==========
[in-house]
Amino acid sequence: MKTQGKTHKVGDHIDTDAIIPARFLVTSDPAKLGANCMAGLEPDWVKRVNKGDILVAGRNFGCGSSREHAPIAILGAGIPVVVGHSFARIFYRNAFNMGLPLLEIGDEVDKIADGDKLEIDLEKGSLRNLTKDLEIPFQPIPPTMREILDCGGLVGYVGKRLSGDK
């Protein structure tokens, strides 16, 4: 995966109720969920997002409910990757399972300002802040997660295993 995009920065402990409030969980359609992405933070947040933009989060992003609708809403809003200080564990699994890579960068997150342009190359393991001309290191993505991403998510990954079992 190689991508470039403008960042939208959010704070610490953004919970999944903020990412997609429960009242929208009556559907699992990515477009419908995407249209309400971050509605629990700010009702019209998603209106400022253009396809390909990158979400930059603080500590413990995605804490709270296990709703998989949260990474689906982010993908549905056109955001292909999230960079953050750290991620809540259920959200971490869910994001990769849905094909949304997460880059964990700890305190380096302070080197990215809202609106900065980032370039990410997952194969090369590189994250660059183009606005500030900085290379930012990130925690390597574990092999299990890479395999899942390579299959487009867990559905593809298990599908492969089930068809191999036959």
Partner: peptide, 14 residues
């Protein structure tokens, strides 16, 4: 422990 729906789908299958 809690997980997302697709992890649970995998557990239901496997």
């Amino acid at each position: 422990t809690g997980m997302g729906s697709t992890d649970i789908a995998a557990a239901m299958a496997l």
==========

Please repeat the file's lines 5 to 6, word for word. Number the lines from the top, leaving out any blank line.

């Protein structure tokens, strides 16, 4: 422990 729906789908299958 809690997980997302697709992890649970995998557990239901496997």
């Amino acid at each position: 422990t809690g997980m997302g729906s697709t992890d649970i789908a995998a557990a239901m299958a496997l």